Indexes and concordances

The terms 'concordance' and 'index' are not used in the same way by everybody. For the purposes of this web page, I use concordance for a list of occurrences of one word in its context and index for a list of several words, each word accompanied by one or more page references. There are several types of index (word index, language index, subject index, author index, citation index, etc.), but there's just one type of concordance.

In InDesign you can create indexes, not concordances, though concordances can be scripted (see the concordance script, below). Indexes should be done manually by adding topics and page references using the Index panel. InDesign's indexing is limited in that you can create just one index in a document, though with some trickery (to be outlined below) you can create, say, author, language, and subject indexes in one document.

Another approach to indexing in InDesign is to ignore its index feature entirely, using one or more scripts to find words from a word list and find all page references for each word. The first script listed here, under "Independent index from word list", is an example.

Finally, two scripts to display index statistics: one shows the number of topics, subtopics, page references and cross-references; the other script shows how index markers are distributed across the book.

Creating topics and page references

The scripts in this section create topics in a document from a variety of sources: an external word list, text formatted with any character styles, text formatted with certain text tags, or topics imported from another document.

Independent index from word list

The script creates an index from a word list, sidelining InDesign's index altogether. It can be used for author, language, and citation indexes and similar indexes. For subject indexes it's not particularly good, but it can be used to get a start. It runs on all open documents.

The script has some overlap with Marc Autret's IndexMatic script (which was rewritten in June 2011). His script is a versatile and highly configurable tool for compiling indexes, bypassing, like my script, InDesign's index feature.

Topics and page references from a word list

On the basis of a word list, the script adds topics and page references to InDesign documents.

Topics and page references from character styles and/or conditions

Create topics and page references in InDesign documents using InDesign's index feature. The script looks for instances of the character styles or conditions you pick in the dialog and creates topics from and page references to whatever those character styles or conditions are applied to. Choose to replace an existing index or to add to it. Optionally use the character style or condition's name and any style groups to create subtopics.

Topics and page references from text tags

The script looks for tagged index entries such as \index{collie} or {ix}collie{#ix}. The format of the tags is user-definable, it's specified in the script's dialog. From these strings a topic collie is created, a page reference is added to the page on which the text string occurs, and the whole string is deleted. Subtopics and sort orders are handled as well.

Page references from imported topics

When you import topics from another document, any page references aren't imported, naturally. The script adds these.

Editing topics

It's not so easy to edit topics in an InDesign document. Adding and removing subtopics, for instance, is very labour-intensive when the topic has page references associated with it. The method described here makes life a little easier.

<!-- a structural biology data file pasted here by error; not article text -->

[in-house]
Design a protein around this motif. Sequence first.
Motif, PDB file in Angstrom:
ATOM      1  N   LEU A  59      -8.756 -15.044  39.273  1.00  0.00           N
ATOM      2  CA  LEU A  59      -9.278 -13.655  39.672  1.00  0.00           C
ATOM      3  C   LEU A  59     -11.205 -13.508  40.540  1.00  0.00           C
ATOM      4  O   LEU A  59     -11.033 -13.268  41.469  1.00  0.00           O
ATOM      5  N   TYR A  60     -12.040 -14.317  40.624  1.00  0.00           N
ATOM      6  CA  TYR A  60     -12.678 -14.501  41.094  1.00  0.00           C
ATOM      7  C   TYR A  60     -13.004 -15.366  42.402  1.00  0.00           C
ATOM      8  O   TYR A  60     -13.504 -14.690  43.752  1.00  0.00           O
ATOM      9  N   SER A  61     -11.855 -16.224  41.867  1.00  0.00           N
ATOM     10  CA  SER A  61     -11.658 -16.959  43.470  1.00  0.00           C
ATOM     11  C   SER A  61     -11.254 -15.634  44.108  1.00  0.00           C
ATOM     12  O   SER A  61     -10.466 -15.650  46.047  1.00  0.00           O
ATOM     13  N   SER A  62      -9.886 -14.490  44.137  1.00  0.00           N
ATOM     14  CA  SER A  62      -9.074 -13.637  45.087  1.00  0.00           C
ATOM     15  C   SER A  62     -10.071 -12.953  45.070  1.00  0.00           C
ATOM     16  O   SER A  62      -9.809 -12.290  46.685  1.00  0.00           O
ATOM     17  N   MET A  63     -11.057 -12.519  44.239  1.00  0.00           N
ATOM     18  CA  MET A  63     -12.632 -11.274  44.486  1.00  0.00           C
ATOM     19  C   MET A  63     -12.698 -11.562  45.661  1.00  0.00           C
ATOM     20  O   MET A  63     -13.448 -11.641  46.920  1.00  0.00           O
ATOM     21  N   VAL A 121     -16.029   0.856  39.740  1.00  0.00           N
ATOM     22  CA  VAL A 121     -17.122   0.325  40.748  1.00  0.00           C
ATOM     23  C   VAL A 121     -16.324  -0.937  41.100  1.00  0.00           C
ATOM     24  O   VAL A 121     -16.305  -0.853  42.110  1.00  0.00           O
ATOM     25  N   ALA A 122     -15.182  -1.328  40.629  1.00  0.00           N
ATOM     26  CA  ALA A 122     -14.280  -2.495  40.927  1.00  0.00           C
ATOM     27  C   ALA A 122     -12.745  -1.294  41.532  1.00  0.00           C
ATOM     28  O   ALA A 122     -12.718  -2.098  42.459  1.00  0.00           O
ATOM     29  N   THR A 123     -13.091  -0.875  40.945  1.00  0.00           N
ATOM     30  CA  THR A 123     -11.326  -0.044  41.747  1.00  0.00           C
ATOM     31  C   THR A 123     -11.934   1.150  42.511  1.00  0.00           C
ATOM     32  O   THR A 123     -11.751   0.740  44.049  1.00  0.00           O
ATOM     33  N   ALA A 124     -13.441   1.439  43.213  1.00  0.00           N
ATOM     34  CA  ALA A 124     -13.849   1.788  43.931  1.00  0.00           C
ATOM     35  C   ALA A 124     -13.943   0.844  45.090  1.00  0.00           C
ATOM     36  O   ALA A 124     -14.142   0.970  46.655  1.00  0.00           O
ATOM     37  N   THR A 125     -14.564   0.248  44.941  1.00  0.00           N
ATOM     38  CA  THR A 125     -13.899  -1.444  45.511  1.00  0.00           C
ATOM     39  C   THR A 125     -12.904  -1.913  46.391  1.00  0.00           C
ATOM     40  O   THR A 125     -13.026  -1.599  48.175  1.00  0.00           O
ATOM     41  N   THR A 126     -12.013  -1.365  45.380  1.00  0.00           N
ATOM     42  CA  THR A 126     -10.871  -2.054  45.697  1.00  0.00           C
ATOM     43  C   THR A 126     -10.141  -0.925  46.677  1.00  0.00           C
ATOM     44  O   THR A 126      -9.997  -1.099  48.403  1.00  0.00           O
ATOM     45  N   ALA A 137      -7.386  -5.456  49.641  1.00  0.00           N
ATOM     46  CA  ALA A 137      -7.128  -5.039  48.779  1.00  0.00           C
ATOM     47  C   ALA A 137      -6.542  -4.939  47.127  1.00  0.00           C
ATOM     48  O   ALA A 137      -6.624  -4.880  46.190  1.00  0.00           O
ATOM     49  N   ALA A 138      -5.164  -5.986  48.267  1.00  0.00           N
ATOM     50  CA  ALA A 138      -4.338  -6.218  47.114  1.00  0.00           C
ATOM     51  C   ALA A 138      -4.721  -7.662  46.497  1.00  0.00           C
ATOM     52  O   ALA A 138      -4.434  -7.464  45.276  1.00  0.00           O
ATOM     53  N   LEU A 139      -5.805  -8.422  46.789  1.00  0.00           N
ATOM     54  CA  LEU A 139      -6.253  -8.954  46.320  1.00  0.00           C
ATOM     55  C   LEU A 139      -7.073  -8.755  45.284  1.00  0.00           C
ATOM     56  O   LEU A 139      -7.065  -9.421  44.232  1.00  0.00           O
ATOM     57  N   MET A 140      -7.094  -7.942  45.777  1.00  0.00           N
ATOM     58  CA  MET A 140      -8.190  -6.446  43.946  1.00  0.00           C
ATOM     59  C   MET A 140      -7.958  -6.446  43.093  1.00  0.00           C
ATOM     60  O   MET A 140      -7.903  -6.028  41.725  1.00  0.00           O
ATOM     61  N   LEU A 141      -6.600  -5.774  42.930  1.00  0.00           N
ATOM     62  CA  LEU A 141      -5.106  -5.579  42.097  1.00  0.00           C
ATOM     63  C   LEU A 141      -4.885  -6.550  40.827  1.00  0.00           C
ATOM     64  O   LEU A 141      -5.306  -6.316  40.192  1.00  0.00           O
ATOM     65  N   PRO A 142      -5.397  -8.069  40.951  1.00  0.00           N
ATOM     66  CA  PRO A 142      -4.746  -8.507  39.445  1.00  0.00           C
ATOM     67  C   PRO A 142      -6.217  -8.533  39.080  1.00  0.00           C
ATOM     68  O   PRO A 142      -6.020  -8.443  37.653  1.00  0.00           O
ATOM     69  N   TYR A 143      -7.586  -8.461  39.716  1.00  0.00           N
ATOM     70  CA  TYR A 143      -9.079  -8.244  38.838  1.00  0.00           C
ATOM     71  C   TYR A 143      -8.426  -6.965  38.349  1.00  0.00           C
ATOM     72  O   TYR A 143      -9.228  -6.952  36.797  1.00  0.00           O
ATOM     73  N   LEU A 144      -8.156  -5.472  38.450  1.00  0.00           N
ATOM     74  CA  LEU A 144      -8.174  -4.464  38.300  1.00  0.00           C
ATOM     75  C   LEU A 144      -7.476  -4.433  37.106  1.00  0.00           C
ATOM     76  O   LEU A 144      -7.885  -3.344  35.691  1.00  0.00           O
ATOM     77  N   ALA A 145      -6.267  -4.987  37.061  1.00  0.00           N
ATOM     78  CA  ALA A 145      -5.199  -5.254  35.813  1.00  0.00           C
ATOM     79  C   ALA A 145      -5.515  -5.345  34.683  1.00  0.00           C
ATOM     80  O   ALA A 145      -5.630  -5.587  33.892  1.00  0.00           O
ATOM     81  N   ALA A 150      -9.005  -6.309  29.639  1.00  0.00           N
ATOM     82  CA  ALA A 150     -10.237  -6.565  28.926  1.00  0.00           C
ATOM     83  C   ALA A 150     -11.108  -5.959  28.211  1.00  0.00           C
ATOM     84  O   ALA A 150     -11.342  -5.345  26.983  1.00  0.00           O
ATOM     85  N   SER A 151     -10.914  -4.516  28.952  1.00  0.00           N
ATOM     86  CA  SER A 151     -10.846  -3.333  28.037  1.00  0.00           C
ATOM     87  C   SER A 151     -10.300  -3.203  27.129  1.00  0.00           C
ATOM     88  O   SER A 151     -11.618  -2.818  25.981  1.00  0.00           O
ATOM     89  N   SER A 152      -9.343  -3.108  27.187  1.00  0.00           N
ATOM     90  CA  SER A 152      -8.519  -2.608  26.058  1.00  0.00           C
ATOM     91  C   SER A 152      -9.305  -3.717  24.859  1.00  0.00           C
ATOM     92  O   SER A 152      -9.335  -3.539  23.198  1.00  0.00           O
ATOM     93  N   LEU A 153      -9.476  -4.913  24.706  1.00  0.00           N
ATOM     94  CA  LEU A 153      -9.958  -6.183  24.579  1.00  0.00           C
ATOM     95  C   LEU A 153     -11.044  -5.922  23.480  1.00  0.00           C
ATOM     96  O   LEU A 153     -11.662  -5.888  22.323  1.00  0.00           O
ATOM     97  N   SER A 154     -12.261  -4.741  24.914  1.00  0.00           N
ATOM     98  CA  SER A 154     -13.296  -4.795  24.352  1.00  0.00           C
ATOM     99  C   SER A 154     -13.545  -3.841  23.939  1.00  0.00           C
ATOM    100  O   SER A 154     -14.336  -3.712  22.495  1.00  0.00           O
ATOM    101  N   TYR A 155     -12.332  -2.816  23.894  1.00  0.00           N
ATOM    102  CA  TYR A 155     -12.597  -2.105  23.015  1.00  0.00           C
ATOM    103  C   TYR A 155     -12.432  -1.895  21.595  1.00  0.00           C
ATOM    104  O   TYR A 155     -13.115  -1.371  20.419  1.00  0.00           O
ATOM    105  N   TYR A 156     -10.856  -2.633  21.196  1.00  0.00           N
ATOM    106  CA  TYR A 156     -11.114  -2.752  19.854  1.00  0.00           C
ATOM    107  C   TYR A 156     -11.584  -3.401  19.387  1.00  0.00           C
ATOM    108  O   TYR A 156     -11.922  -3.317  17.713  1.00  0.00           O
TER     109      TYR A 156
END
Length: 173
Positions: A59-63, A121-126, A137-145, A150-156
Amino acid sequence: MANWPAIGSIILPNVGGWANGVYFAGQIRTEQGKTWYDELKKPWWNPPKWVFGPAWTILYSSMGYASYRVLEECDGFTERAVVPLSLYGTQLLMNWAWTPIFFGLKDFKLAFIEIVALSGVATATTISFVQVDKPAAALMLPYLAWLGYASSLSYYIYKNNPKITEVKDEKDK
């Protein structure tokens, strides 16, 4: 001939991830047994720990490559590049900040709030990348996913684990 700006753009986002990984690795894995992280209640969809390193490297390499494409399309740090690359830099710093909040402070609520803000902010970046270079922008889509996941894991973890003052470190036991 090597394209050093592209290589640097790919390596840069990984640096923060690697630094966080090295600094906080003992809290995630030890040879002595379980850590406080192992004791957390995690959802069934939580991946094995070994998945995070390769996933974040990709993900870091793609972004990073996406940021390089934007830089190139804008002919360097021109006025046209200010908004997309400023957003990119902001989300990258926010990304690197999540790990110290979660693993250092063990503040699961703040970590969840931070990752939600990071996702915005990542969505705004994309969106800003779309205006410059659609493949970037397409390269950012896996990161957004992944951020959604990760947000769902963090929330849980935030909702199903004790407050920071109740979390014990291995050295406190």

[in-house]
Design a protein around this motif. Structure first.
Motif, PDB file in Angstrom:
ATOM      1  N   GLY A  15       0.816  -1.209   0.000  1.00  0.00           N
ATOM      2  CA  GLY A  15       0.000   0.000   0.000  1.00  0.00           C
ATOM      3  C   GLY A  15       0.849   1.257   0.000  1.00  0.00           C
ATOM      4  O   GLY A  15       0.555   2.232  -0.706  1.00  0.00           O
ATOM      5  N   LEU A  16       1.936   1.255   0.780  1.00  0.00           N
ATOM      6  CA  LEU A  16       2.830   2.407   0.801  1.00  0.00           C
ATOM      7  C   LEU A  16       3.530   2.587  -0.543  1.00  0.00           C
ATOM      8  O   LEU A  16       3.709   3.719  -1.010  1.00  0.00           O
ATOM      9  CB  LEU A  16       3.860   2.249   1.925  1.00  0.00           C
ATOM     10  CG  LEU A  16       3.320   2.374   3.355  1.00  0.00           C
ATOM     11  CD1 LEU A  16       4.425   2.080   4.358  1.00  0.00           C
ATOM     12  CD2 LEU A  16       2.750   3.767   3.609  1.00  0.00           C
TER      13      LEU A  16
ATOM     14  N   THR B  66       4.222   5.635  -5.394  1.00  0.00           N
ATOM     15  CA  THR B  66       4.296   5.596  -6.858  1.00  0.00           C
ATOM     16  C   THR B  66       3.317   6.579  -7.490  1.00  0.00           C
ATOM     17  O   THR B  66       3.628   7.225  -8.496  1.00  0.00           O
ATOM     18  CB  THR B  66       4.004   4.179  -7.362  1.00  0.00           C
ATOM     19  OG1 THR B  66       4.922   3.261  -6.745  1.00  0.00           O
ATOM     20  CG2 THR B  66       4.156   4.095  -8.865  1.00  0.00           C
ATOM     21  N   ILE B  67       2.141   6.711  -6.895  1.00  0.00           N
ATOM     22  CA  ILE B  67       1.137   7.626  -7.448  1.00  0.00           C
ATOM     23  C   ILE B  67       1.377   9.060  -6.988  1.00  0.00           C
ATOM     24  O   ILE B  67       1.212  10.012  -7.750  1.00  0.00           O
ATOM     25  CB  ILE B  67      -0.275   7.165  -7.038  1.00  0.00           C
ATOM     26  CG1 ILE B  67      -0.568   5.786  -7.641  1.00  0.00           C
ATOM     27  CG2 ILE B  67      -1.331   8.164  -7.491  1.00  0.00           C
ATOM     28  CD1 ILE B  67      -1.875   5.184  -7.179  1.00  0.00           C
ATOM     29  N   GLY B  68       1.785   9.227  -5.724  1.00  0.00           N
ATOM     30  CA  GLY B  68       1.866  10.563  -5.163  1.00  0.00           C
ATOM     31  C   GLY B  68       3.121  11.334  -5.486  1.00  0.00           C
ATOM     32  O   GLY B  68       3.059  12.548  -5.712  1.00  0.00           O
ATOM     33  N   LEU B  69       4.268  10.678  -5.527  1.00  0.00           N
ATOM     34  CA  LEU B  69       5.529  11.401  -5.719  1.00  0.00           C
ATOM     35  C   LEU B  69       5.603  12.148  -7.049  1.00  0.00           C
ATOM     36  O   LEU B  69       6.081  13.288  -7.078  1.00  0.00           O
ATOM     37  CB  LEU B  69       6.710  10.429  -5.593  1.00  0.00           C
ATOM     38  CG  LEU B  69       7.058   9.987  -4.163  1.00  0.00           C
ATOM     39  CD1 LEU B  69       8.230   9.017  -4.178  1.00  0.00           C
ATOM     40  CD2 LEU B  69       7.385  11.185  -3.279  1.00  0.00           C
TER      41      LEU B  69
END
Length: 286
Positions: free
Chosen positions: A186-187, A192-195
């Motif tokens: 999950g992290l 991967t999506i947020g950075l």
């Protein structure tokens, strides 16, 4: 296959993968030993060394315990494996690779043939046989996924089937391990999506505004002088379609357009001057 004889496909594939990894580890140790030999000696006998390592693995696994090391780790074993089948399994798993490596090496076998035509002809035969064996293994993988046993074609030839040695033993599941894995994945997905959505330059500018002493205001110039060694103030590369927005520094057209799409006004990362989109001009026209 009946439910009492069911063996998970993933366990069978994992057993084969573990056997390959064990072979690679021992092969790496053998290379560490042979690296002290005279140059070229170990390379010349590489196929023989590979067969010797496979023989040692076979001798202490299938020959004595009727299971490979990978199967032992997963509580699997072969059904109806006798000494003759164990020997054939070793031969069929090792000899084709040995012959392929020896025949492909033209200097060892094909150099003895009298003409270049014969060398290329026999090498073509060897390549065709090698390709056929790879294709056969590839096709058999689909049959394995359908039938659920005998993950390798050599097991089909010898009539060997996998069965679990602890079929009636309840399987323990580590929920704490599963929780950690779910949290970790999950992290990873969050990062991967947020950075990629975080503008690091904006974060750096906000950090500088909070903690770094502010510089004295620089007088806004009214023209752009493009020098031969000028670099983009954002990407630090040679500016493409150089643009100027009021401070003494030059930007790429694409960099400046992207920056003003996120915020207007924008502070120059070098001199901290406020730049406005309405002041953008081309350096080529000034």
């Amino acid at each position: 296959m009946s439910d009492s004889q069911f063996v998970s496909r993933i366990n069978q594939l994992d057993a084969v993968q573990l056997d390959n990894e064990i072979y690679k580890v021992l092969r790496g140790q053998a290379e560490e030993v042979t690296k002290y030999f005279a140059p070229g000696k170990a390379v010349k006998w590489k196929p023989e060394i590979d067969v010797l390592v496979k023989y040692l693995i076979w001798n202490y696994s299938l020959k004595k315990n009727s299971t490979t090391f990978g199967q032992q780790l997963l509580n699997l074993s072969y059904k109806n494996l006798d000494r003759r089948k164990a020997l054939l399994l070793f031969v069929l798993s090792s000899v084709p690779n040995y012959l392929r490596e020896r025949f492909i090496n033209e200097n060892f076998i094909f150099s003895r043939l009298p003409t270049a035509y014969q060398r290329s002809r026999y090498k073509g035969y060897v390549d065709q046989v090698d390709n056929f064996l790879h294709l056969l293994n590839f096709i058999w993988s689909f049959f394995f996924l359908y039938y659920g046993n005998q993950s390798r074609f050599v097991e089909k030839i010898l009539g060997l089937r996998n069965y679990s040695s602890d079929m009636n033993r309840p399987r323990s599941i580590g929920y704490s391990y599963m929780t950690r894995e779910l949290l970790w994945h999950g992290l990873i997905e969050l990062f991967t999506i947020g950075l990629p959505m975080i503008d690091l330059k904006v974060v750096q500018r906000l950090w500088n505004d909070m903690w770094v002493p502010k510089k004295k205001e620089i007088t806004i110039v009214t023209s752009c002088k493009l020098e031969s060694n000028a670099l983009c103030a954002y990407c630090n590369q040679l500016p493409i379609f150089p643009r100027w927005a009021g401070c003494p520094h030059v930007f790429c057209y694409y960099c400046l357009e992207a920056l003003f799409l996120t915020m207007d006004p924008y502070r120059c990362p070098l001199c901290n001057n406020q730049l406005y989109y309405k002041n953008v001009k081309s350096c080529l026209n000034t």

(Post-)editing indexes

Indexes often need some editing after they've been created. In InDesign-generated indexes it's generally better to edit the topics and page references, then regenerate the index. In manually produced indexes that's not an option, naturally, and here are some scripts I use to make some of that work a bit easier.

Update index

When you edit an index, for example to combine entries, you can end up with unwellformed page ranges such as 2, 16-34, 4-8, 5-10, x, 12-18, ii-iv. The update script fixes this, either the whole index or just the selected entry.

Sectioning an index

Apply a paragraph style to entries that start a new letter. Optionally insert section headings.

Fix index problems: convert page references to text tags

Problems with indexes can be solved by converting all page references to text.

Build index from textual markers

The script that converts an index to text places text tags in a document such as <ix>cat</ix>. This script (re)builds an InDesign index from such tags. (The script is a simple version of the one listed above, "Topics and page references from text tags" in that it is fixed to the tags produced by the script that converts references to tags.)

Index statistics

The two scripts in this section deal with InDesign's index, reading all the information from the Index panel, not from a generated index. It's therefore not necessary first to generate the index before collecting the statistics.

Index statistics

The script displays a simple window showing the number of topics used in the active document together with the number of subtopics and the number of unused topics. It also shows the number of page references and cross-references.

Index graph: show marker spread

To show how the index markers (page references) are distributed across the document, the script creates a bar graph where each bar represents a page and the length of each bar the number of references in the index to that page.


The concordancer takes one word and creates a list of sentence fragments that show the concordanced word in its context. In the interface you specify which word should be concordanced and how big the context should be (number of words before and after. The list includes the page numbers of the found items.

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